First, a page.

GUILFORD COUNTY, N.C. (WGHP) — Guilford County commissioners now have the ability to experience a day in the life of a Guilford County EMS paramedic during a staffing shortage after a paramedic reached out to invite them on a ride-a-long.

Early this year, a paramedic sent a letter to the county commissioner that read in part:

“I am a Guilford County paramedic. It has been a long-standing issue that the public isn’t fully aware of what a paramedic’s role is or what their capabilities are in the field. You are receiving this e-mail because you are a representative of Guilford County, and I think it is imperative that you know we do and see on a daily basis.
For this reason I would like to extend an open ended invitation for you to join me on my ambulance for the day as an observer. This will provide you with a first hand account of what I do, the services EMS provides and a look into the lives of the citizens of the county you represent. I think that this will be a valuable experience, and I hope to see some of you take me up on this offer. . .”

The paramedic told FOX8 that as of June 7, only County Commissioner James Upchurch has responded and done a ride-along, though other commissioners have done similar actions in the past few months.

On Monday, Commissioner Upchurch worked a 12-hour-shift with a paramedic EMS crew from 6 a.m. to 6 p.m.

He and his crew responded to ten individuals who needed immediate help with nine of those individuals needing medical help from the hospital.

“Every second is the difference between life and death, and I saw that yesterday, and it really bothered me,” the commissioner said.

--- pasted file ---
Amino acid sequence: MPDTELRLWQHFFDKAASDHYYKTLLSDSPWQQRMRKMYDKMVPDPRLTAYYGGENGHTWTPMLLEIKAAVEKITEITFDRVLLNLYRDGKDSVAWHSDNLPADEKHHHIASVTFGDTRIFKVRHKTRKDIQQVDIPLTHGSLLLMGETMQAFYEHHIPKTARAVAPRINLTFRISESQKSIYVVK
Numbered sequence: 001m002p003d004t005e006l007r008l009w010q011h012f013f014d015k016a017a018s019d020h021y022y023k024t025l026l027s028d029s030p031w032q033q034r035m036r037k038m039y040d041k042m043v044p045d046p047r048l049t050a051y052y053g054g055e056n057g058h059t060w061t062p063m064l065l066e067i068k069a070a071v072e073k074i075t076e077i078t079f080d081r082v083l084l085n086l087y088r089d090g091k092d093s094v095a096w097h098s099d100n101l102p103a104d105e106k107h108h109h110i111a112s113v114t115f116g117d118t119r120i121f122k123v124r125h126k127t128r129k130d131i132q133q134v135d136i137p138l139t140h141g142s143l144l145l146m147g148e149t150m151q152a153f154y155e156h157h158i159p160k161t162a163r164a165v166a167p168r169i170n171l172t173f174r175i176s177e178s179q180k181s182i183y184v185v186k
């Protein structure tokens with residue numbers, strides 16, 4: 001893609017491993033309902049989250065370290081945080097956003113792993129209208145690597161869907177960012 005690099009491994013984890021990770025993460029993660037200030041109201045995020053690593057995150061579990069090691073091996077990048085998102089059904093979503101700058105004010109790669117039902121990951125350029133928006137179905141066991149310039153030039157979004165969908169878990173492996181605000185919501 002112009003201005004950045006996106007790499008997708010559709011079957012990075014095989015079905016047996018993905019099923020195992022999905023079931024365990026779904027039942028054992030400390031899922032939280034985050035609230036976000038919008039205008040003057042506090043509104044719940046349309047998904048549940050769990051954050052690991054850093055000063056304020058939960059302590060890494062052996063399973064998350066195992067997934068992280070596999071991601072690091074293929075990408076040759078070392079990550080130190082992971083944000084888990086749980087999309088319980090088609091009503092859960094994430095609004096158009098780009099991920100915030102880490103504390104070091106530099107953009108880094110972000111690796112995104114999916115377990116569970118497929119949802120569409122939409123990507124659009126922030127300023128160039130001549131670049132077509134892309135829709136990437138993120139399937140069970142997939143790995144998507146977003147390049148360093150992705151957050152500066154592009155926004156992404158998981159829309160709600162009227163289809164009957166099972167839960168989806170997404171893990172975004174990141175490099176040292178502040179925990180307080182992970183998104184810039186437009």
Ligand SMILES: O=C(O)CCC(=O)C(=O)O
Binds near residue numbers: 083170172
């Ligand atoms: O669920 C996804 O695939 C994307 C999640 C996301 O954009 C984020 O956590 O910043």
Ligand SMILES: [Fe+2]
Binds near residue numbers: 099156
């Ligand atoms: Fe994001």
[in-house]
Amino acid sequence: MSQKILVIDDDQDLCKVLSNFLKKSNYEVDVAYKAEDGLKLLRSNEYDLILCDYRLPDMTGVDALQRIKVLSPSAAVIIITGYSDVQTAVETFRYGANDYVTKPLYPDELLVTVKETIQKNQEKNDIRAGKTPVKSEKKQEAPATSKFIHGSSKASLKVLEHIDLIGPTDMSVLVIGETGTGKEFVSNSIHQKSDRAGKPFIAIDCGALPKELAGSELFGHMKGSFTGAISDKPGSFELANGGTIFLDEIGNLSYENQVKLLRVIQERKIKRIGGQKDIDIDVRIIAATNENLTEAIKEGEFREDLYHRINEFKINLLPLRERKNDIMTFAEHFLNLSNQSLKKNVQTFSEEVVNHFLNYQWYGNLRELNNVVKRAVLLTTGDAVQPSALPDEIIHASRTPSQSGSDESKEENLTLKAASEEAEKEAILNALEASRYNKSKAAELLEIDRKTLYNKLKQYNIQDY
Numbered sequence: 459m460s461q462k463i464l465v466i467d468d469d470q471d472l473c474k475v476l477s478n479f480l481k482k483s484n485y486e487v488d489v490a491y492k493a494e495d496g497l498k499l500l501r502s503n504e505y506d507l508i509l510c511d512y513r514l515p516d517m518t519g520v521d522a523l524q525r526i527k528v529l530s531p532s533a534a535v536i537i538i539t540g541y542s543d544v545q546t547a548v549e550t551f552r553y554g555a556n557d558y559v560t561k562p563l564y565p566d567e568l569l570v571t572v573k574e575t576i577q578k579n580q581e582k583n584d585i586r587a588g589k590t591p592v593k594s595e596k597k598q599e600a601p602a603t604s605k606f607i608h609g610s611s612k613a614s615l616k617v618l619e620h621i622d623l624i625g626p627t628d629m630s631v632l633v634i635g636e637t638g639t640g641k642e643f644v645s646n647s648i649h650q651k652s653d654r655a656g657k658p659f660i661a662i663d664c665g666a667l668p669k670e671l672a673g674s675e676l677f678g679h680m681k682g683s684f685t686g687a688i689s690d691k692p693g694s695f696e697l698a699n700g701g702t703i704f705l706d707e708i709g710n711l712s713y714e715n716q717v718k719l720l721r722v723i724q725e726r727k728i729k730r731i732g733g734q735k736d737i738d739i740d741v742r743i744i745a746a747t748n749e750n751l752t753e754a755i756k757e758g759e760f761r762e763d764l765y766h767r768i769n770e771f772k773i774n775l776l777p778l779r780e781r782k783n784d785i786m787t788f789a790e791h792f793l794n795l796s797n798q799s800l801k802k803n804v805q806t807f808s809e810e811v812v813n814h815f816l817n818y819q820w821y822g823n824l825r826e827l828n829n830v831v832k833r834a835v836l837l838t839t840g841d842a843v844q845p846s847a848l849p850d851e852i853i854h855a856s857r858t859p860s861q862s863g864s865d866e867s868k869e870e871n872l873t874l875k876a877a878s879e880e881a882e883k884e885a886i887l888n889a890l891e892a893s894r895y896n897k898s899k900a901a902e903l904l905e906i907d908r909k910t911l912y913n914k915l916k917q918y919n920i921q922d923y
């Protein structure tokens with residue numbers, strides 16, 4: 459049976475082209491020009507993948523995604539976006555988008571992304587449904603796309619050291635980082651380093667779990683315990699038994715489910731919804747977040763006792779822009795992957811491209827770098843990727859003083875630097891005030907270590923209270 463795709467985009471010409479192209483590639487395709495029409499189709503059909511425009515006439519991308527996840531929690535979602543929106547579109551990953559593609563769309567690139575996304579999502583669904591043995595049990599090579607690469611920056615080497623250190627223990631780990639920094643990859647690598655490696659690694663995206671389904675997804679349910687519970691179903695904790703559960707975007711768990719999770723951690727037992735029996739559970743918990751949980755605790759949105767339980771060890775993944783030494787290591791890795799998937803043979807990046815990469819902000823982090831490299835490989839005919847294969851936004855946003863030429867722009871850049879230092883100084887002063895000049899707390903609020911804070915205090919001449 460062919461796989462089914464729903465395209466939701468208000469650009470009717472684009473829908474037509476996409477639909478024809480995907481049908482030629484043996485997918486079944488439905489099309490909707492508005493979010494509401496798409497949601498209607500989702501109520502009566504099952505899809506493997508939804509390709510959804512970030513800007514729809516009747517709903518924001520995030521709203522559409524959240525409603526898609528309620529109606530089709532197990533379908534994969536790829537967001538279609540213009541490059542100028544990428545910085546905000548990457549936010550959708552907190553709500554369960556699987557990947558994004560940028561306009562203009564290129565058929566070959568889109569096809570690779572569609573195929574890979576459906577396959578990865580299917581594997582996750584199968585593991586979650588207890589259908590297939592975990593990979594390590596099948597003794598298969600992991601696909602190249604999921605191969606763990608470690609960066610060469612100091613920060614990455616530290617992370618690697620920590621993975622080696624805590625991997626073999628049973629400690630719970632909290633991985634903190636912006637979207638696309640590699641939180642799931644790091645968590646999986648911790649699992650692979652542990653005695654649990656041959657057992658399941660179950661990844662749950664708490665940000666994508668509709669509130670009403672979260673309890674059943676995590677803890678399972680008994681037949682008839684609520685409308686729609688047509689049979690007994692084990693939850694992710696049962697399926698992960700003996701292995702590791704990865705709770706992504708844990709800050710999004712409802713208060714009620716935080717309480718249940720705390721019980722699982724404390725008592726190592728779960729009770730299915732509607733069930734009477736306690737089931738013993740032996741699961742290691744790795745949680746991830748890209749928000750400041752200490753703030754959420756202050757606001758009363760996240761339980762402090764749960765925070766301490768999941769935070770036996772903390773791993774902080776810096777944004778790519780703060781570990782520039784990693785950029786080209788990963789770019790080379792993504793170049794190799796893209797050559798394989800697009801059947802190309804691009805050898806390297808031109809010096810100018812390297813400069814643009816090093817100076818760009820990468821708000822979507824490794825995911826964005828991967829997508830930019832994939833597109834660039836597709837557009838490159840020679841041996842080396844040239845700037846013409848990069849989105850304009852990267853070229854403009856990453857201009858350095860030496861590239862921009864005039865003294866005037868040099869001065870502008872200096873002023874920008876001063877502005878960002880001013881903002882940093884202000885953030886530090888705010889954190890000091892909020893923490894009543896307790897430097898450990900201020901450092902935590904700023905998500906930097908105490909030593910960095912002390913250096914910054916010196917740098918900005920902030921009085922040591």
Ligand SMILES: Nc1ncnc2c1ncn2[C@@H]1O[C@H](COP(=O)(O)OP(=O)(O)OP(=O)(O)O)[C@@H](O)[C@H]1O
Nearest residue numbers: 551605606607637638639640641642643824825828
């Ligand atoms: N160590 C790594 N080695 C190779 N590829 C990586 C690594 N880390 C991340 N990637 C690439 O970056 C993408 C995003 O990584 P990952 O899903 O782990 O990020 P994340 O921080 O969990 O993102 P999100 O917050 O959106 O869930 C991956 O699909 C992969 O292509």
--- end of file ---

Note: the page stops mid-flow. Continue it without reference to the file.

He described that the experience was very raw and eye-opening. His shift started with one of the paramedics he was paired with calling out sick.

“One of the most eye-opening things that I saw yesterday was the shortness of staff and the impact in response,” he said. “There were a couple of times yesterday where it took us a little longer to get to patients. Every single second counts.”

He went on to say that the paramedics work as fast and as hard as they possibly can.

County commissioners are currently discussing a fiscal budget that would include pay raises for county employees, including paramedics.

Commissioner Upchurch did not say how much EMS pay raises would increase, but he did say that a long-term solution needs to be found to recruit and retain employees.

“It’s going to take a while. And while we may end up being the highest-paid county one year, the next year we won’t be,” he said. “Some of these paramedics told me other counties have tried to reach out and recruit them.”

There are currently 18 open paramedic positions with Guilford County and one EMT position.